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Freelance Translating
News, facts, thoughts about translation and freelancing
Curated by Thomas Tolnai
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City staff working on emergency translation protocol after only-in-English ... - The Oregonian

City staff working on emergency translation protocol after only-in-English ... - The Oregonian | Freelance Translating | Scoop.it
City staff working on emergency translation protocol after only-in-English ...
The Oregonian
Staff from the bureau took new signs out to McCoy Park today in several languages, including Arabic, Afrikaans, Somali and Spanish.

Via Aurora Humarán
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Dictionnaire sur l'INFORMATIQUE (FR) (EN)

Dictionnaire sur l'INFORMATIQUE (FR) (EN) | Freelance Translating | Scoop.it

"Glossaires / dictionnaires bilingues informatique (anglais-français). Plus de 18.000 de termes triés par thèmes : réseau, programmation, hardware, ..."


Via Stefano KaliFire, Haralabos Papatheodorou
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Lucy Brooks's curator insight, May 30, 6:18 AM

IT changes all the time. The only way to keep up is with an online glossary. This one is FR-EN

 

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iPhone App Localization: 7x More Downloads By Localizing App Keywords

iPhone App Localization: 7x More Downloads By Localizing App Keywords | Freelance Translating | Scoop.it
How to localize your app keywords. iPhone app localization has helped me get 767% more downloads. Start localizing your app keywords today!

Via Elizabeth Sánchez León
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Localizing Wearables, Schmerables: Why Italians Should Have Designed Google Glass | Blogos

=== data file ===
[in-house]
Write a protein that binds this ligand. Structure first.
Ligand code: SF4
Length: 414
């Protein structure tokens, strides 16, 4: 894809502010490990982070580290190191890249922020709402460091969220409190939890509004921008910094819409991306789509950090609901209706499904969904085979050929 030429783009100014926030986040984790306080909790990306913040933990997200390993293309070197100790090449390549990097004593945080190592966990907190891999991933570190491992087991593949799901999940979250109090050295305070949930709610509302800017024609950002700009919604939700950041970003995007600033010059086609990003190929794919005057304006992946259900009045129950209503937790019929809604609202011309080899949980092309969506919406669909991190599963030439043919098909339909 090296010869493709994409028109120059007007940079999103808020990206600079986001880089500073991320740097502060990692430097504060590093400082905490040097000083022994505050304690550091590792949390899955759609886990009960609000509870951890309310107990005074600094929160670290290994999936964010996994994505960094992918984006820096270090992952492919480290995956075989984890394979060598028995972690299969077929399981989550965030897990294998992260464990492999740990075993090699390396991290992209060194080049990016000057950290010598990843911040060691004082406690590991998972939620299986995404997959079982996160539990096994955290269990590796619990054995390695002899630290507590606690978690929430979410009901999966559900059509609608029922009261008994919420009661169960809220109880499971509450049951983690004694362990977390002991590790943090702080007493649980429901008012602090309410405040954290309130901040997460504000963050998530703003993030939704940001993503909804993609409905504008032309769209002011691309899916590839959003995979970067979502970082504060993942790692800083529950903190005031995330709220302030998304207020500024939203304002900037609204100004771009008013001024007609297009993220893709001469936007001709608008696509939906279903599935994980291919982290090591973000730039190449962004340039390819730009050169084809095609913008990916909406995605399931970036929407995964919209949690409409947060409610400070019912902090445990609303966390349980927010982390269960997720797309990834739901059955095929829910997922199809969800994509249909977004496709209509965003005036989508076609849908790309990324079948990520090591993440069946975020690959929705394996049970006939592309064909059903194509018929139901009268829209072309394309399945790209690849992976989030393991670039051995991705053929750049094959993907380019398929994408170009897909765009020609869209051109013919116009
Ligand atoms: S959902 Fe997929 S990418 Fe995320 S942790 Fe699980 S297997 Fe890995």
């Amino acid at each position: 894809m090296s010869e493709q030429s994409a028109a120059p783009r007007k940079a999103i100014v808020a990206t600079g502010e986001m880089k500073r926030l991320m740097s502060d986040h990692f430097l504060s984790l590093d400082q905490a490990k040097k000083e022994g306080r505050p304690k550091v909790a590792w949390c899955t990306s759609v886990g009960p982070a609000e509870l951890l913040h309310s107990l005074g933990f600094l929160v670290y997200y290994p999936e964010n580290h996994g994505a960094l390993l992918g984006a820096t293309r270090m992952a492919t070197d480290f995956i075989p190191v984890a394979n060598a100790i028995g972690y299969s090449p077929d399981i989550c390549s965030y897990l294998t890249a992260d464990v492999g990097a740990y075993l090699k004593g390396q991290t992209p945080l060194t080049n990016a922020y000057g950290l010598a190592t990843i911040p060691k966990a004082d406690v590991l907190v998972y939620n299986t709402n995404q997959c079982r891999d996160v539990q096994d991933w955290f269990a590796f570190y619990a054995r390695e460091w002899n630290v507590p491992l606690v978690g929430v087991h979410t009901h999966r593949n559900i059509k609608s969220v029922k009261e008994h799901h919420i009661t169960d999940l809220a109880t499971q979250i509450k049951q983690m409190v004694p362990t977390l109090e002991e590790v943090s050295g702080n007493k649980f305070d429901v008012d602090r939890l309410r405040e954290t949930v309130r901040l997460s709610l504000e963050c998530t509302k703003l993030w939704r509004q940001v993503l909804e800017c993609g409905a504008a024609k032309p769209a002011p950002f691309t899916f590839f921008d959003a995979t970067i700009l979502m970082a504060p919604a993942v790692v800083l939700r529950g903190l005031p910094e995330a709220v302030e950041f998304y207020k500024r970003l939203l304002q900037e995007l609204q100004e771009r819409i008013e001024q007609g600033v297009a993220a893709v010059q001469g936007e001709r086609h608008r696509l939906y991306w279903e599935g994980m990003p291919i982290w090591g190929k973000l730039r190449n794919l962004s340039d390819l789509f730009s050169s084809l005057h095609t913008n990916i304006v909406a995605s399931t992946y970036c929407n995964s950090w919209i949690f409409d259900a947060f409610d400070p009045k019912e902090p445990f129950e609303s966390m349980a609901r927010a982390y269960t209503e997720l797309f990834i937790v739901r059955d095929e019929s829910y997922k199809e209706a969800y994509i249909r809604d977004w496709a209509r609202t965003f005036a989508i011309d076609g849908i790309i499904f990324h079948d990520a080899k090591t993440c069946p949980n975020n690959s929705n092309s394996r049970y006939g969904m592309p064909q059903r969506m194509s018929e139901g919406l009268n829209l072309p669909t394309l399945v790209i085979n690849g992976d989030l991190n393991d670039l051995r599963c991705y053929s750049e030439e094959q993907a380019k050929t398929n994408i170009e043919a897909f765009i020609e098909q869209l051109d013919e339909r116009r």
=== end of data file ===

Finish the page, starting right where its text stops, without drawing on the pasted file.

Localizing Wearables, Schmerables: Why Italians Should Have Designed Google Glass | Blogos | Freelance Translating | Scoop.it

Via Elizabeth Sánchez León
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q = f(t) (where ”q” is quality and ”t” is time)

q = f(t) (where ”q” is quality and ”t” is time) | Freelance Translating | Scoop.it
Yes, yes, I know. I have neglected my blog for far too long… But this is only because I’ve had a couple of very busy months and I couldn’t afford the luxury to blog. But you know ...
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Translator’s Dementia (TD) – What It Is and How To Recognize the Signs

Translator’s Dementia (TD) – What It Is and How To Recognize the Signs | Freelance Translating | Scoop.it
Translator’s dementia (TD) is a relatively recent neurodegenerative disorder, believed to be caused by the environment in which freelance translators are forced to live, and by the conditions...

Via Maira Belmonte, Samuel Evans
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Tabers medical dictionary

short standard 49016 - Venes: Taber’s Cyclopedia Medical Dictionary -- 21st Edition -- FA Davis

Via Haralabos Papatheodorou
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Asterix Heads to the Highlands to Kick Some Bahookie

Asterix Heads to the Highlands to Kick Some Bahookie | Freelance Translating | Scoop.it
He's back, and he's being a right ol' pain in the bahookie. Yes, the Asterix book has been published with its first ever Scottish Gaelic translation.

Via TranslateMedia
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Funny glossary of translating

Funny glossary of translating | Freelance Translating | Scoop.it
20,000 words: The amount of words (some) clients think can be translated overnight. Back translation: (1) I can’t proofread and I don’t trust you. Send translation of your translation. (2) Back tra...

Via lexicool.com, Samuel Evans